It was only when Jewish writers gave up on the lofty Enlightenment ideals of progress and improvement that the Yiddish novel could decisively enter modernity. Animating their fictions were a set of unheroic heroes who struck a precarious balance between sanguinity and irony that author Miriam Udel captures through the phrase “never better.” With this rhetorical homage toward the double-voiced utterances of Sholem Aleichem, Udel gestures at these characters’ insouciant proclamation that things had never been better, and their rueful, even despairing admission that things would probably never
The characters defined by this dual consciousness constitute a new kind of protagonist: a distinctively Jewish scapegrace whom Udel denominates the polit
or refugee. Cousin to the Golden Age Spanish pícaro
, the polit
is a socially marginal figure who narrates his own story in discrete episodes, as if stringing beads on a narrative necklace. A deeply unsettled figure, the polit
is allergic to sentimentality and even routine domesticity. His sequential misadventures point the way toward the heart of the picaresque, which Jewish authors refashion as a vehicle for modernism—not only in Yiddish, but also in German, Russian, English and Hebrew. Udel draws out the contours of the new Jewish picaresque by contrasting it against the nineteenth-century genre of progress epitomized by the Bildungsroman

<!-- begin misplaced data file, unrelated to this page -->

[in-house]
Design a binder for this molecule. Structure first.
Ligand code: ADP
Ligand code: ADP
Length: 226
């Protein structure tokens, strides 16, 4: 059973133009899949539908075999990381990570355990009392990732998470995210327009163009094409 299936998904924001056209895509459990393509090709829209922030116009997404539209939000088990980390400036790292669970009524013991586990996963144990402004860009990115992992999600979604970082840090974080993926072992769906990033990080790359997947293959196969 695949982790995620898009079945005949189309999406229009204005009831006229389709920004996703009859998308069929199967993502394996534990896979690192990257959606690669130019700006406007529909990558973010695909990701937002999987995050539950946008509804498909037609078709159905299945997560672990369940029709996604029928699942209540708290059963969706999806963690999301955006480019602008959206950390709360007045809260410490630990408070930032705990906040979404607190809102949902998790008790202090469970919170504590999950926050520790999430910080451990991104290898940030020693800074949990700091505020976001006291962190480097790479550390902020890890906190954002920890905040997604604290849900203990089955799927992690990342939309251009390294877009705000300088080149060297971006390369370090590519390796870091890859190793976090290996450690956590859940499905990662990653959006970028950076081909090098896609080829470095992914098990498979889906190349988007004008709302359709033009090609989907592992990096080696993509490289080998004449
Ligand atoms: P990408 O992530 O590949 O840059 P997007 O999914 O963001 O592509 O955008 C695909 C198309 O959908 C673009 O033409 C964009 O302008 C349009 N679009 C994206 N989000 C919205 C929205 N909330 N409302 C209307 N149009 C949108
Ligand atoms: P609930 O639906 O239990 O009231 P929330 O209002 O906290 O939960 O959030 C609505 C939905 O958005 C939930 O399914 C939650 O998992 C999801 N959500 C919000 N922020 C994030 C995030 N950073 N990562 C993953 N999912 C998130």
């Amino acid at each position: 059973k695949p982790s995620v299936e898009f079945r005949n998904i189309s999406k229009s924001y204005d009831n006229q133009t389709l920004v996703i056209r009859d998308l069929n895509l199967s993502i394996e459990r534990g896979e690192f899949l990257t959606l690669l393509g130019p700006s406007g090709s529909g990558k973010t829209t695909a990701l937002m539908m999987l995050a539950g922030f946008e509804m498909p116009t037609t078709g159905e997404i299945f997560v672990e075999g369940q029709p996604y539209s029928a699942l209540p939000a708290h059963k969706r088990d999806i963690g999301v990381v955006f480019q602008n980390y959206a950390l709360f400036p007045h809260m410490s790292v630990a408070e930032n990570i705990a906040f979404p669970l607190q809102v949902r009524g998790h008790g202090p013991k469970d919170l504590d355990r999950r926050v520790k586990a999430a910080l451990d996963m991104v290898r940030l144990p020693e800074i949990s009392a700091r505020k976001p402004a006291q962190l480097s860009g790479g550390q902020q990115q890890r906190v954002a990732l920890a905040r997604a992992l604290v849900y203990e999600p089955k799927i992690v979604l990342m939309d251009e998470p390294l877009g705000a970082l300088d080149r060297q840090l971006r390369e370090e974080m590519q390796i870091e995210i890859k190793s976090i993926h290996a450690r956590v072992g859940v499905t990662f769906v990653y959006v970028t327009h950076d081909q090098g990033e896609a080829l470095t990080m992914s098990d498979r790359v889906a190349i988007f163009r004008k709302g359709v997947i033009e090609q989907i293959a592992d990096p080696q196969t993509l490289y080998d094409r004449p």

While this book is grounded in modern Jewish literature, its implications stretch toward genre studies in connection with modernist fiction more generally. Udel lays out for a diverse readership concepts in the history and theory of the novel while also explicating the relevant particularities of Jewish literary culture. In addressing the literary stylistics of a “minor” modernism, this study illuminates how the adoption of a picaresque sensibility allowed minority authors to write simultaneously within
the literary traditions of Europe.
“An intellectually mature, subtle work that illuminates with the use of a vast array of primary and interpretive literature so many crucial moments in the shaping of modern Yiddish, Hebrew, German and American-Jewish letters. Udel is a literary scholar with a sureness of touch and consummate scholarly command.”
—Steven J. Zipperstein, Stanford University
“Never Better! is just that: a theoretically exciting study of the way in which Jewish writers translated and adapted a familiar European genre to create a distinctly modernist poetics of the picaresque.”
—Justin Cammy, Smith College
“This study of the Yiddish picaresque combines astute close readings with an illuminating comparative perspective, exploring the special relevance of the genre for a group where individuals were often driven to live on the margins. It is especially instructive in showing how Jewish writers in other literatures were drawn to the picaresque for similar reasons.”
: Zuni Maud © YIVO Institute for Jewish Research.